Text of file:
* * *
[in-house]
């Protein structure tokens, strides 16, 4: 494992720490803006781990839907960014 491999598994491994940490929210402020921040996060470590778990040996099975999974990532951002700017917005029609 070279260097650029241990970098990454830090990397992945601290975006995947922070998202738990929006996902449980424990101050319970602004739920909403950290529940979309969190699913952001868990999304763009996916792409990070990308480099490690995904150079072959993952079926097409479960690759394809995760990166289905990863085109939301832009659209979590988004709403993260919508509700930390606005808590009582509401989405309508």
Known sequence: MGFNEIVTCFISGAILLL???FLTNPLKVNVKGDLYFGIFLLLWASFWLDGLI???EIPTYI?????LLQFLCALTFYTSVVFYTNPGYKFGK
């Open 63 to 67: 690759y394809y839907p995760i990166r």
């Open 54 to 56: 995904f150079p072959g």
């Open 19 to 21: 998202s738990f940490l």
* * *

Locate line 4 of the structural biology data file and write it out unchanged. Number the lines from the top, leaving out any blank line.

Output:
């Open 63 to 67: 690759y394809y839907p995760i990166r």